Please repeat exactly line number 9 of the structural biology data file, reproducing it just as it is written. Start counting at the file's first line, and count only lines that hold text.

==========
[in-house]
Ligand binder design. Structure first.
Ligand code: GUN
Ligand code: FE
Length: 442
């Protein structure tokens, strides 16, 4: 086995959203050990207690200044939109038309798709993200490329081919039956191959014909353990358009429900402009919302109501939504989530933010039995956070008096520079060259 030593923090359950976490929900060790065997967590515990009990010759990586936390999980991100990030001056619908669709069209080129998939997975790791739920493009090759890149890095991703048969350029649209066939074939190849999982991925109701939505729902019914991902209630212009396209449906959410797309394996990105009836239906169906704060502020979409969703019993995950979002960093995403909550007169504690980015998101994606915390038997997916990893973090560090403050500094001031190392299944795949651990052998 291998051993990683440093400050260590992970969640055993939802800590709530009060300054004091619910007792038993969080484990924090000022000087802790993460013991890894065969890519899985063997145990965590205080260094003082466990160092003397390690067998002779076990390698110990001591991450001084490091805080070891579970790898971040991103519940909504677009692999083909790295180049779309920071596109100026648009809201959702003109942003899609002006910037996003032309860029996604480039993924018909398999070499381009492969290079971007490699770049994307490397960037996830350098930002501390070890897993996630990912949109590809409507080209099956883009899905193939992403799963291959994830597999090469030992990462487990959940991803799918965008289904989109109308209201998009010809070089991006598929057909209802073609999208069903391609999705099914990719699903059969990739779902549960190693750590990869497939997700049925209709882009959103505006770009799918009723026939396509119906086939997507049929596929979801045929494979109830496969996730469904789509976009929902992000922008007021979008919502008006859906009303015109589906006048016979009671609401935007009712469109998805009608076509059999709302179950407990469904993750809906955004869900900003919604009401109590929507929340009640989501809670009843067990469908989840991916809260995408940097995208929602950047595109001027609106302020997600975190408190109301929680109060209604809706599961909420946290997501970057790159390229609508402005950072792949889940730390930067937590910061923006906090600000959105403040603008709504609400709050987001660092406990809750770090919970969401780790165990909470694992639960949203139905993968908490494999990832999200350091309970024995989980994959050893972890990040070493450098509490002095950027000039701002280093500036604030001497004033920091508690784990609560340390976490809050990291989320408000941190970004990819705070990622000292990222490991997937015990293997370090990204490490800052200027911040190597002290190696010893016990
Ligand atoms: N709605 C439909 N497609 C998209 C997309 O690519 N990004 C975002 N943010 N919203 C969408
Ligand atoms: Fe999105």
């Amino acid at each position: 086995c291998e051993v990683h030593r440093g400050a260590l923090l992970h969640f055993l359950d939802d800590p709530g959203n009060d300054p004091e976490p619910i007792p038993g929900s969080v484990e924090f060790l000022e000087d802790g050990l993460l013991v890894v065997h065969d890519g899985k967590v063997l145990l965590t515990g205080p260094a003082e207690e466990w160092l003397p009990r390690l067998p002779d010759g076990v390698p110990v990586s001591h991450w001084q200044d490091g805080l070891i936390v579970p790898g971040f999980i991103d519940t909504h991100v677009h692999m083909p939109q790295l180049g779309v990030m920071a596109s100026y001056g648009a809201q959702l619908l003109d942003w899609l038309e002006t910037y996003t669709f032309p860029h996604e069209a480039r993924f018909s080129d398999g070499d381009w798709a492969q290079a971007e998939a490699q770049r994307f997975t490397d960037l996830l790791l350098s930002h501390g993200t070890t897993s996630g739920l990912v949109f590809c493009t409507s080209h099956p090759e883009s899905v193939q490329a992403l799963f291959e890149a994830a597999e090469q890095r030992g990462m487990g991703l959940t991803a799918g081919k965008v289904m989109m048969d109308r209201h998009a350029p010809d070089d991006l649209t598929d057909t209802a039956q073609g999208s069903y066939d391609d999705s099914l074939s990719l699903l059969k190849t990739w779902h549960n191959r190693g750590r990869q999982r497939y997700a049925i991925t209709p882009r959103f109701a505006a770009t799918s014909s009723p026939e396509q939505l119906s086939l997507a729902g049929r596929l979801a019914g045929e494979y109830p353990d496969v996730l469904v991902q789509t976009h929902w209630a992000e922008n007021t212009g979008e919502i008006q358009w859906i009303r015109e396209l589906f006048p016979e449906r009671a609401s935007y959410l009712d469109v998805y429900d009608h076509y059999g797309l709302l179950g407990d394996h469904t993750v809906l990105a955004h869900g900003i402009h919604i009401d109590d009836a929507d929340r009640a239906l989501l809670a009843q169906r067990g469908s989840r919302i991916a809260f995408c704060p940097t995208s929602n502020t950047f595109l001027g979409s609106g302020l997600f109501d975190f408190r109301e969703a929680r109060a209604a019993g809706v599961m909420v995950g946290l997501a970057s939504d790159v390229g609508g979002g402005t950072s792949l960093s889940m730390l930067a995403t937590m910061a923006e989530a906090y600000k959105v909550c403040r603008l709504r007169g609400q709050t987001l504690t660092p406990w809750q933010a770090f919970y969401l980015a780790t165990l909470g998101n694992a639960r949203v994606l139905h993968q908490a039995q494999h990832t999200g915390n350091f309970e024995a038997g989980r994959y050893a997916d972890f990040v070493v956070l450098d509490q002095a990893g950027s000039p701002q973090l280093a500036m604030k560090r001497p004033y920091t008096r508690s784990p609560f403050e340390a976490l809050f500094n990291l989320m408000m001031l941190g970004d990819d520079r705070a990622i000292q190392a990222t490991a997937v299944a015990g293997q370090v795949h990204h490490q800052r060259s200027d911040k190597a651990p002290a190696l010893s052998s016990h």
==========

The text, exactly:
């Amino acid at each position: 086995c291998e051993v990683h030593r440093g400050a260590l923090l992970h969640f055993l359950d939802d800590p709530g959203n009060d300054p004091e976490p619910i007792p038993g929900s969080v484990e924090f060790l000022e000087d802790g050990l993460l013991v890894v065997h065969d890519g899985k967590v063997l145990l965590t515990g205080p260094a003082e207690e466990w160092l003397p009990r390690l067998p002779d010759g076990v390698p110990v990586s001591h991450w001084q200044d490091g805080l070891i936390v579970p790898g971040f999980i991103d519940t909504h991100v677009h692999m083909p939109q790295l180049g779309v990030m920071a596109s100026y001056g648009a809201q959702l619908l003109d942003w899609l038309e002006t910037y996003t669709f032309p860029h996604e069209a480039r993924f018909s080129d398999g070499d381009w798709a492969q290079a971007e998939a490699q770049r994307f997975t490397d960037l996830l790791l350098s930002h501390g993200t070890t897993s996630g739920l990912v949109f590809c493009t409507s080209h099956p090759e883009s899905v193939q490329a992403l799963f291959e890149a994830a597999e090469q890095r030992g990462m487990g991703l959940t991803a799918g081919k965008v289904m989109m048969d109308r209201h998009a350029p010809d070089d991006l649209t598929d057909t209802a039956q073609g999208s069903y066939d391609d999705s099914l074939s990719l699903l059969k190849t990739w779902h549960n191959r190693g750590r990869q999982r497939y997700a049925i991925t209709p882009r959103f109701a505006a770009t799918s014909s009723p026939e396509q939505l119906s086939l997507a729902g049929r596929l979801a019914g045929e494979y109830p353990d496969v996730l469904v991902q789509t976009h929902w209630a992000e922008n007021t212009g979008e919502i008006q358009w859906i009303r015109e396209l589906f006048p016979e449906r009671a609401s935007y959410l009712d469109v998805y429900d009608h076509y059999g797309l709302l179950g407990d394996h469904t993750v809906l990105a955004h869900g900003i402009h919604i009401d109590d009836a929507d929340r009640a239906l989501l809670a009843q169906r067990g469908s989840r919302i991916a809260f995408c704060p940097t995208s929602n502020t950047f595109l001027g979409s609106g302020l997600f109501d975190f408190r109301e969703a929680r109060a209604a019993g809706v599961m909420v995950g946290l997501a970057s939504d790159v390229g609508g979002g402005t950072s792949l960093s889940m730390l930067a995403t937590m910061a923006e989530a906090y600000k959105v909550c403040r603008l709504r007169g609400q709050t987001l504690t660092p406990w809750q933010a770090f919970y969401l980015a780790t165990l909470g998101n694992a639960r949203v994606l139905h993968q908490a039995q494999h990832t999200g915390n350091f309970e024995a038997g989980r994959y050893a997916d972890f990040v070493v956070l450098d509490q002095a990893g950027s000039p701002q973090l280093a500036m604030k560090r001497p004033y920091t008096r508690s784990p609560f403050e340390a976490l809050f500094n990291l989320m408000m001031l941190g970004d990819d520079r705070a990622i000292q190392a990222t490991a997937v299944a015990g293997q370090v795949h990204h490490q800052r060259s200027d911040k190597a651990p002290a190696l010893s052998s016990h």